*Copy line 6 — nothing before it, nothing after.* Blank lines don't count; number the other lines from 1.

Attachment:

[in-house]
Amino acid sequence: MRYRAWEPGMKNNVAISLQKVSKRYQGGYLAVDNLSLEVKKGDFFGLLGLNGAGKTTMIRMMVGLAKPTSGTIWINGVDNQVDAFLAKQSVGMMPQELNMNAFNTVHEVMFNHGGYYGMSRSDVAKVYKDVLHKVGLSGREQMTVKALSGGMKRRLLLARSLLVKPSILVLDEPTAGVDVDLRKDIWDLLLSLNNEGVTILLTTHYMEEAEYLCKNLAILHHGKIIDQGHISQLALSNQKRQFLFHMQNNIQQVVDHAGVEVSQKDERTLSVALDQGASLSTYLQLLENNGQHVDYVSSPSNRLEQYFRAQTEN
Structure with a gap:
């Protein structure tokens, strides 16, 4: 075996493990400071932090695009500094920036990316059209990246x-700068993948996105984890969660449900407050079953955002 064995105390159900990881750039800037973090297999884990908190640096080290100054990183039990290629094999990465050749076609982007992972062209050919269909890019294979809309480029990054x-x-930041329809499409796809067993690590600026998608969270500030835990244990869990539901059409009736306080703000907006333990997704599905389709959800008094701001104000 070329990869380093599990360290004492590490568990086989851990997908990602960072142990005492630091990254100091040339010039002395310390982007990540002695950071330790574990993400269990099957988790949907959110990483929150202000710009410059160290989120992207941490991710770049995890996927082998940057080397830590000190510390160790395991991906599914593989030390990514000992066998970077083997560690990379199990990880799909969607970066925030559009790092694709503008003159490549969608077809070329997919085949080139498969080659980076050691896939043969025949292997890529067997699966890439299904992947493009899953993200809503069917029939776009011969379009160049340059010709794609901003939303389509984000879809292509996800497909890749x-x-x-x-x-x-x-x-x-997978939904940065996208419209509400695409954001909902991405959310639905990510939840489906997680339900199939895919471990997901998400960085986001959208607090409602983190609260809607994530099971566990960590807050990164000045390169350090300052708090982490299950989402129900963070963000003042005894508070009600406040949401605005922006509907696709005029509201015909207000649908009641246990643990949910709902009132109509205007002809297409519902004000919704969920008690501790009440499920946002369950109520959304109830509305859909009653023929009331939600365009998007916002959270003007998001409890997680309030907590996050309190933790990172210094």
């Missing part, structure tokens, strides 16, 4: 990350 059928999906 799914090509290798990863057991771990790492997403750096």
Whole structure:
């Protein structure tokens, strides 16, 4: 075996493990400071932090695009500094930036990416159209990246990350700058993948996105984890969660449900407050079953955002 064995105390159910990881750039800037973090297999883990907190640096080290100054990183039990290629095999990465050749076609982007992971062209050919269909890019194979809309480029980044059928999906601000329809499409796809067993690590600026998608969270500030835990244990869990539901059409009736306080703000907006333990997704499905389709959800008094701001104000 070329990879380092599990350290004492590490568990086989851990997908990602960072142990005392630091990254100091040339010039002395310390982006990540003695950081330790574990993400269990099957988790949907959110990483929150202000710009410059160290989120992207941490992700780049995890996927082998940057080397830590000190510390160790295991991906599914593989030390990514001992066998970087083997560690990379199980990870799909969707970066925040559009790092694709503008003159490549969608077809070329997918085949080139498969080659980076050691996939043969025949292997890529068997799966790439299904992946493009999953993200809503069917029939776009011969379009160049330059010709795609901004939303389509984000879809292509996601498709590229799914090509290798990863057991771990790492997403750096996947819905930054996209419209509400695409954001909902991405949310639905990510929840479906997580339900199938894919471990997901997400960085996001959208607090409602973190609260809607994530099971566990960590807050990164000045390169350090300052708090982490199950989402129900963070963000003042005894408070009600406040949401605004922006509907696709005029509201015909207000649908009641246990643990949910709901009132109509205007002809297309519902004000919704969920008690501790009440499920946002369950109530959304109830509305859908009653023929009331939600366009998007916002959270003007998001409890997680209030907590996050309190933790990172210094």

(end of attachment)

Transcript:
Whole structure: